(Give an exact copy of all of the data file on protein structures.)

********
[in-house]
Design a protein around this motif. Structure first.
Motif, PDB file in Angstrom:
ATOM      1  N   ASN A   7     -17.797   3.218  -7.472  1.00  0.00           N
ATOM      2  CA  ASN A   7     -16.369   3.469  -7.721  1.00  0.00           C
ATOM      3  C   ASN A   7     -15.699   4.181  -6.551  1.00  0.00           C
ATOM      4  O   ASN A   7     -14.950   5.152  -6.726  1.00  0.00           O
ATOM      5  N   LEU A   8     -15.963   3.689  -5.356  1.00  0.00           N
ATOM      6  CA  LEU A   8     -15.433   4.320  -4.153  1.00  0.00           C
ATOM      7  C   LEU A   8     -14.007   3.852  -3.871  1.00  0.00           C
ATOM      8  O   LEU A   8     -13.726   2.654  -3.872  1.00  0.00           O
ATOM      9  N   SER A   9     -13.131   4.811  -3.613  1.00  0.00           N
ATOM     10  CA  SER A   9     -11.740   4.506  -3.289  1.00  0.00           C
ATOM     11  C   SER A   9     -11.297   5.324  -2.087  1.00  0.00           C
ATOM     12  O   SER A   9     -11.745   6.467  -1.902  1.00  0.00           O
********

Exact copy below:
[in-house]
Design a protein around this motif. Structure first.
Motif, PDB file in Angstrom:
ATOM      1  N   ASN A   7     -17.797   3.218  -7.472  1.00  0.00           N
ATOM      2  CA  ASN A   7     -16.369   3.469  -7.721  1.00  0.00           C
ATOM      3  C   ASN A   7     -15.699   4.181  -6.551  1.00  0.00           C
ATOM      4  O   ASN A   7     -14.950   5.152  -6.726  1.00  0.00           O
ATOM      5  N   LEU A   8     -15.963   3.689  -5.356  1.00  0.00           N
ATOM      6  CA  LEU A   8     -15.433   4.320  -4.153  1.00  0.00           C
ATOM      7  C   LEU A   8     -14.007   3.852  -3.871  1.00  0.00           C
ATOM      8  O   LEU A   8     -13.726   2.654  -3.872  1.00  0.00           O
ATOM      9  N   SER A   9     -13.131   4.811  -3.613  1.00  0.00           N
ATOM     10  CA  SER A   9     -11.740   4.506  -3.289  1.00  0.00           C
ATOM     11  C   SER A   9     -11.297   5.324  -2.087  1.00  0.00           C
ATOM     12  O   SER A   9     -11.745   6.467  -1.902  1.00  0.00           O